'Zuidas is experiencing massive growth. The mayor has stressed that with the city's increasing popularity as a place to live and work, Amsterdam will have to expand in an upwards direction. And that's precisely what Zuidas is doing. This skyline has been built out of nothing. And that's brilliant, because the city, like the country and Europe as a whole, is emerging from a difficult period. Zuidas derives much of its identity from the financial sector, and fortunately we're seeing that equilibrium is being restored there. It is Zuidas' original raison d'être, as it were. But the interesting thing is that nowadays it's developing beyond that. Vrije Universiteit Amsterdam and VUmc have to be involved in this development as well. After all, VU Amsterdam has loads of students who can go straight to work in Zuidas after their graduation.'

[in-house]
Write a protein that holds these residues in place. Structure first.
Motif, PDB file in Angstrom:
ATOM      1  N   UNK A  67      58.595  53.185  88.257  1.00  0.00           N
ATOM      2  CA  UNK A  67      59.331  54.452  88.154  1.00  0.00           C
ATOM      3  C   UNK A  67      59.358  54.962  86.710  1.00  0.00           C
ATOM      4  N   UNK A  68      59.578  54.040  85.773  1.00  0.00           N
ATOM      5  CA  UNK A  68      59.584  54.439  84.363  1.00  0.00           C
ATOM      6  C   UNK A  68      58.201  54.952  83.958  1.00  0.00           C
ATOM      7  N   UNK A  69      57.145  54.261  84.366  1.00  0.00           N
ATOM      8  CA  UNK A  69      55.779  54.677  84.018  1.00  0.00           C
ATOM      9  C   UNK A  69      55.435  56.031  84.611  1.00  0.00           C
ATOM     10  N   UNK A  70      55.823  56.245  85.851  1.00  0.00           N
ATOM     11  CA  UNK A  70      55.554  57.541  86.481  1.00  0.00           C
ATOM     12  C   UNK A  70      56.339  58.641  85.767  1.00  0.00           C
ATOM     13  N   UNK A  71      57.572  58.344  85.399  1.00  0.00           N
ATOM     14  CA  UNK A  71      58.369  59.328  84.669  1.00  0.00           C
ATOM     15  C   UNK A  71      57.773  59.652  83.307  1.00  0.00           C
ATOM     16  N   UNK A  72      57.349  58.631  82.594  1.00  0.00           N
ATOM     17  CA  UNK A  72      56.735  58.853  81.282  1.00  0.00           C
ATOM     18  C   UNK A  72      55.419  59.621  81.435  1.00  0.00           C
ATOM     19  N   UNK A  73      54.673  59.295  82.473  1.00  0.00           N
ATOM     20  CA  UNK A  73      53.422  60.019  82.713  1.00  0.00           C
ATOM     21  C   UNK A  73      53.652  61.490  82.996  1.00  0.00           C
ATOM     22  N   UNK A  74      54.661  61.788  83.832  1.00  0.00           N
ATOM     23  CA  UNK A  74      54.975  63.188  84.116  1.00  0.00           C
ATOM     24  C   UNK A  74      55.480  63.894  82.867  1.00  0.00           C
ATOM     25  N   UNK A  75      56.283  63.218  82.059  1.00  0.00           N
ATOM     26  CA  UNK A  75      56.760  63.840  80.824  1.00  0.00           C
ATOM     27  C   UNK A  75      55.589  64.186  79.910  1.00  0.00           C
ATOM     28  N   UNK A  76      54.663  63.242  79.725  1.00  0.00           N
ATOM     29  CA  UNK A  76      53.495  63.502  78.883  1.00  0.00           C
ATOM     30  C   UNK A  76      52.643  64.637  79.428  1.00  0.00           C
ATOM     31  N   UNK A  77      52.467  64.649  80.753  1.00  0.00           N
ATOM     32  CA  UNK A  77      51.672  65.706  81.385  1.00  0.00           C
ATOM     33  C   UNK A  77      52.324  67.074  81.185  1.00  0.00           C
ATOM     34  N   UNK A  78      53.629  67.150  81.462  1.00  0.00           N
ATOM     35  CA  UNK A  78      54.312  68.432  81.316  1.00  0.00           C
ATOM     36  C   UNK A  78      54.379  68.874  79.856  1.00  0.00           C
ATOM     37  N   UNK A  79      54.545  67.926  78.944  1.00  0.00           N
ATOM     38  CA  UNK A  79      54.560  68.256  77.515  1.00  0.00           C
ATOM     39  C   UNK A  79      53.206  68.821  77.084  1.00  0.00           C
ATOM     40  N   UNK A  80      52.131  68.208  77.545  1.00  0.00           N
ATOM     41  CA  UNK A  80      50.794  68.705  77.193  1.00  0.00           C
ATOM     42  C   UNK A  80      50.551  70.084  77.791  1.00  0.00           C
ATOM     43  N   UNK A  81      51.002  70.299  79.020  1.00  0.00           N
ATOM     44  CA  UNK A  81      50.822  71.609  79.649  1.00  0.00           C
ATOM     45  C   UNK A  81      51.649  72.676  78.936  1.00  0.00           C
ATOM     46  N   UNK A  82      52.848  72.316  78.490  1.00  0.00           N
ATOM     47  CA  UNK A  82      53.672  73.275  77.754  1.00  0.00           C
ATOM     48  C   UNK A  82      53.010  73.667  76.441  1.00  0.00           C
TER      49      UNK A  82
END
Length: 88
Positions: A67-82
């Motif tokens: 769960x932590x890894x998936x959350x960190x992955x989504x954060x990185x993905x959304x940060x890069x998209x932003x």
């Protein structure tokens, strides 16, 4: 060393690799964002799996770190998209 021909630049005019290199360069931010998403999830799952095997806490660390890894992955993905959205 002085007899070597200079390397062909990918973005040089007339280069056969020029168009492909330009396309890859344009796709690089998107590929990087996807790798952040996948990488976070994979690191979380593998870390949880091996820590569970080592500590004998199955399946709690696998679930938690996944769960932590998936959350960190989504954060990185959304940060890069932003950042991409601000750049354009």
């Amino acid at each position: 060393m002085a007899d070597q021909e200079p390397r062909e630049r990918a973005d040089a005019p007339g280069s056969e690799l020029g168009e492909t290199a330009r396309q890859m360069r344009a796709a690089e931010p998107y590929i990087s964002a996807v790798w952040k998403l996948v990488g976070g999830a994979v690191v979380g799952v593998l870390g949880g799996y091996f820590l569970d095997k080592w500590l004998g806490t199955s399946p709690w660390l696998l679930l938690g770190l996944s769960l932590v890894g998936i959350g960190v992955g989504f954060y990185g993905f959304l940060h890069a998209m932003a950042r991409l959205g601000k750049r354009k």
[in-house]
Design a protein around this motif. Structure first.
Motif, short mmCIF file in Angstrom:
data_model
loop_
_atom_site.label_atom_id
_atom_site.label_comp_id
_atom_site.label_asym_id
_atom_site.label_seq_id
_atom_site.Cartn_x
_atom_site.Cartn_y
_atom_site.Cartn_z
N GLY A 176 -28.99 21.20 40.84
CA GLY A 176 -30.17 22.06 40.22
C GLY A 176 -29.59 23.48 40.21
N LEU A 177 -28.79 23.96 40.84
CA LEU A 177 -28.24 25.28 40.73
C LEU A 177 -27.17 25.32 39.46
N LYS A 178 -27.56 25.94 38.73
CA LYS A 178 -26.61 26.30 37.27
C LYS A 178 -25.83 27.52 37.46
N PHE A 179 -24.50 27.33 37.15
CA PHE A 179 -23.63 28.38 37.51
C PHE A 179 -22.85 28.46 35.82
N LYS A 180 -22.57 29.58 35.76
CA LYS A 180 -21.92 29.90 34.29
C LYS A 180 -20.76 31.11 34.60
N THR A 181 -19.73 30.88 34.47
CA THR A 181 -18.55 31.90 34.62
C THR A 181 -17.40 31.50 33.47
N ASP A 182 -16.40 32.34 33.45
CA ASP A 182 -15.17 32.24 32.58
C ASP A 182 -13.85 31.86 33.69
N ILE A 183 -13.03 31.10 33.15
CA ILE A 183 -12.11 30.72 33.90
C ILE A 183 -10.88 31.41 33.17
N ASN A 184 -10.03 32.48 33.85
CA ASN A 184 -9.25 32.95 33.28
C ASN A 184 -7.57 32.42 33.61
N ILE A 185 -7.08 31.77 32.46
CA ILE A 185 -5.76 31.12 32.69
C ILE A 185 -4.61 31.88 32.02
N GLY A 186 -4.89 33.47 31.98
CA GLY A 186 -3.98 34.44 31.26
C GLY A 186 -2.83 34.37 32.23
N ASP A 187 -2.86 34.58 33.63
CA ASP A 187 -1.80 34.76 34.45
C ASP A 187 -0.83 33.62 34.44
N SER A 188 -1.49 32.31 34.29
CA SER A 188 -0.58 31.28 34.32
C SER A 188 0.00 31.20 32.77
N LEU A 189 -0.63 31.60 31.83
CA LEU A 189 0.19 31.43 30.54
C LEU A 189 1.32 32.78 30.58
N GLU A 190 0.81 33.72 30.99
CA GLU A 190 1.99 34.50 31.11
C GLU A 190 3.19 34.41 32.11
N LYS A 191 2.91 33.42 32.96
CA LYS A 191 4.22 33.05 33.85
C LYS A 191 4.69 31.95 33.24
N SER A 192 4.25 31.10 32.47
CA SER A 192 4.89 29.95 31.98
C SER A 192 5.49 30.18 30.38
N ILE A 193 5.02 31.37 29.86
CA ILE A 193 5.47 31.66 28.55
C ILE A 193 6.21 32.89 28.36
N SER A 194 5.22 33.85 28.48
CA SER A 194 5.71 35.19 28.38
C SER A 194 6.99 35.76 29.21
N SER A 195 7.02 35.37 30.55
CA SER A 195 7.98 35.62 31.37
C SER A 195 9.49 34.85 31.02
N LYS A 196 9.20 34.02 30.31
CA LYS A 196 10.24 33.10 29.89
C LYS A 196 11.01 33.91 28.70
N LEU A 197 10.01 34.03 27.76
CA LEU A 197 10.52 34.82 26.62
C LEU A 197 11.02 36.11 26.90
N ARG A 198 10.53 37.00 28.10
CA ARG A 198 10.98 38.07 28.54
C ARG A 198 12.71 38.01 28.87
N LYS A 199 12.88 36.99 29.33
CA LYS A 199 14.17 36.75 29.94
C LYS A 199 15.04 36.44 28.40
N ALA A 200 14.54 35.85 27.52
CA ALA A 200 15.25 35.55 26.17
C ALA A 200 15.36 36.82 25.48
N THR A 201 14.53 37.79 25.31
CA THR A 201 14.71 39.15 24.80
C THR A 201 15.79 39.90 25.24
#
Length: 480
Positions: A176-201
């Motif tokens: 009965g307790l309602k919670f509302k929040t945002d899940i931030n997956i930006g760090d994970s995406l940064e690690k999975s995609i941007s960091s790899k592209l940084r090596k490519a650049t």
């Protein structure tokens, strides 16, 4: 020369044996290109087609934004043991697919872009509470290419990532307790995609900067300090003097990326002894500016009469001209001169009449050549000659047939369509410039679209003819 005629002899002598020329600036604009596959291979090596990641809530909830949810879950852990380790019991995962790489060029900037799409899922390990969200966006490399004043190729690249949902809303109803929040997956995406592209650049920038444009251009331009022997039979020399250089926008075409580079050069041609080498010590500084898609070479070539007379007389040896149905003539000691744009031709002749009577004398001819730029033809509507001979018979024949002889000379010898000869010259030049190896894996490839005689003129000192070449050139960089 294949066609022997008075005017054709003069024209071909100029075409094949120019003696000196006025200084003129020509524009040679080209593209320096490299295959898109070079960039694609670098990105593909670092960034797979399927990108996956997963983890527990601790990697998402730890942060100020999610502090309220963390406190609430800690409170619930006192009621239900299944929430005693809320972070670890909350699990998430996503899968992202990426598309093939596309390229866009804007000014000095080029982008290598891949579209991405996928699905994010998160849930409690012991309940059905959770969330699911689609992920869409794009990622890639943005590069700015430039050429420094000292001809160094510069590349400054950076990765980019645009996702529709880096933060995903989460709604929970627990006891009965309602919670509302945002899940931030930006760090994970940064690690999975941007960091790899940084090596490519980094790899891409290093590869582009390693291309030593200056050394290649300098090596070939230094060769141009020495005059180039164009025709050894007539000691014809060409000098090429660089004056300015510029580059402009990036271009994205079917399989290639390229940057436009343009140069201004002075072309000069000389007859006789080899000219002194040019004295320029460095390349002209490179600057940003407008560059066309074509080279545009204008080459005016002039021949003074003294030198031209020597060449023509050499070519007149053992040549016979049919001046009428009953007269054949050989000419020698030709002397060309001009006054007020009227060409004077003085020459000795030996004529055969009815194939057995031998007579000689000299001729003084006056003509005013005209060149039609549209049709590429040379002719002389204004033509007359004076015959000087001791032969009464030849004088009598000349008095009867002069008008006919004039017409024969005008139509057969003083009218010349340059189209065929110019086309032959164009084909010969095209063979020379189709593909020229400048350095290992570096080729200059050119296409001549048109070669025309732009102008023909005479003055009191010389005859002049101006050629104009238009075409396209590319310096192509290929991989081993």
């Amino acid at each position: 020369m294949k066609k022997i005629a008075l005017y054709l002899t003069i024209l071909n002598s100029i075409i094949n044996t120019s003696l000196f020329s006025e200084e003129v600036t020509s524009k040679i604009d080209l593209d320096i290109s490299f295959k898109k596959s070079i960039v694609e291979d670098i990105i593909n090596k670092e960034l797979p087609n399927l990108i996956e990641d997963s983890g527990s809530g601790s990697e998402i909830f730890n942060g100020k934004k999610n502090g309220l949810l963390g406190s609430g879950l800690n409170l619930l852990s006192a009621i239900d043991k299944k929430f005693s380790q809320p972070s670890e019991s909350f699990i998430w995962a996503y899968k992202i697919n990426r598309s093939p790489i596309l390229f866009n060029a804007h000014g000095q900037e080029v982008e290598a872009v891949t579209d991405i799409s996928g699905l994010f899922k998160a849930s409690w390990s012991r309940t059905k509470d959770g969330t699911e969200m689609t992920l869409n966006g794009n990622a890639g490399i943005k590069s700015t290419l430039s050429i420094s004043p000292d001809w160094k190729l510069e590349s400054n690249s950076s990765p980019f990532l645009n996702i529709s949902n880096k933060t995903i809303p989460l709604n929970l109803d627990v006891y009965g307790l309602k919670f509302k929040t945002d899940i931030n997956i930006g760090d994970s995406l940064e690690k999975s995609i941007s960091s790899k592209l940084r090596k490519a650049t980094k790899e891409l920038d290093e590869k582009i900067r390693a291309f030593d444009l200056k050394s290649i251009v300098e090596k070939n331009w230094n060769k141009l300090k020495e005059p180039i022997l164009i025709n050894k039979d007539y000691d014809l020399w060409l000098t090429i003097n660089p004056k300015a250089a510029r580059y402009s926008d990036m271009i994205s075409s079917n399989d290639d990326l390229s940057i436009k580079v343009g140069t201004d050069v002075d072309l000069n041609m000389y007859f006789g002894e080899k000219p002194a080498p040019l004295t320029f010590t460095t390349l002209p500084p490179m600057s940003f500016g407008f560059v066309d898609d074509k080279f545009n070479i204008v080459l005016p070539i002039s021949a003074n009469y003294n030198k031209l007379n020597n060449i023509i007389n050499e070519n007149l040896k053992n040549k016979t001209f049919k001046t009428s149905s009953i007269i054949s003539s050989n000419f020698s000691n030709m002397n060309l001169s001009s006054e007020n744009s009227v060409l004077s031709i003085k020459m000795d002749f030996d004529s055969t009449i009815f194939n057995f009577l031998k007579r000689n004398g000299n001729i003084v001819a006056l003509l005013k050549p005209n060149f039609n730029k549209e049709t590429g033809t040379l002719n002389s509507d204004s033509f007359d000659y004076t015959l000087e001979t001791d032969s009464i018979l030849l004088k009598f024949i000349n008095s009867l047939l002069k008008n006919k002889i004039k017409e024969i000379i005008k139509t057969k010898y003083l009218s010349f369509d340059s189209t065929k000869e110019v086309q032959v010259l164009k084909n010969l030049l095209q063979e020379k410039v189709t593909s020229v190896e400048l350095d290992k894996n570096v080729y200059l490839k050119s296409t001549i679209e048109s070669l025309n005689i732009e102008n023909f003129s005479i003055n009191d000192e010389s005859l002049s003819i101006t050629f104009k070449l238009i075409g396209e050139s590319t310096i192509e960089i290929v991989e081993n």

Economic Affairs is among your responsibilities as alderwoman is. Have we beaten the financial crisis?

'I think we need to work hard to bolster our financial sector. The crisis has dealt us some heavy blows. Though I do think this crisis is behind us, there is no guarantee it couldn't come back in some other form. We have to remain very vigilant. Now, we're seeing a slow return to growth. This is encouraging, but the Netherlands are a country that's constrained to a high degree by global market conditions; our economy is inevitably shaped by various factors, and those affect Zuidas.'

Zuidas is the Netherlands' financial centre, but it is also evolving as a residential location. Why is that important?

'The city is growing exponentially and more and more people are looking for a nice apartment. Zuidas is an excellent choice - it's dynamic and it's vibrant. I live in the city centre myself, but I could easily picture myself living here. The city centre is a only stone's throw away: it takes no more than a short ride on your bike to get to Amsterdam Zuid and the city centre. Zuidas also has excellent transport links and you can be at Schiphol airport within minutes. So it's perfect in terms of location and spatial layout.'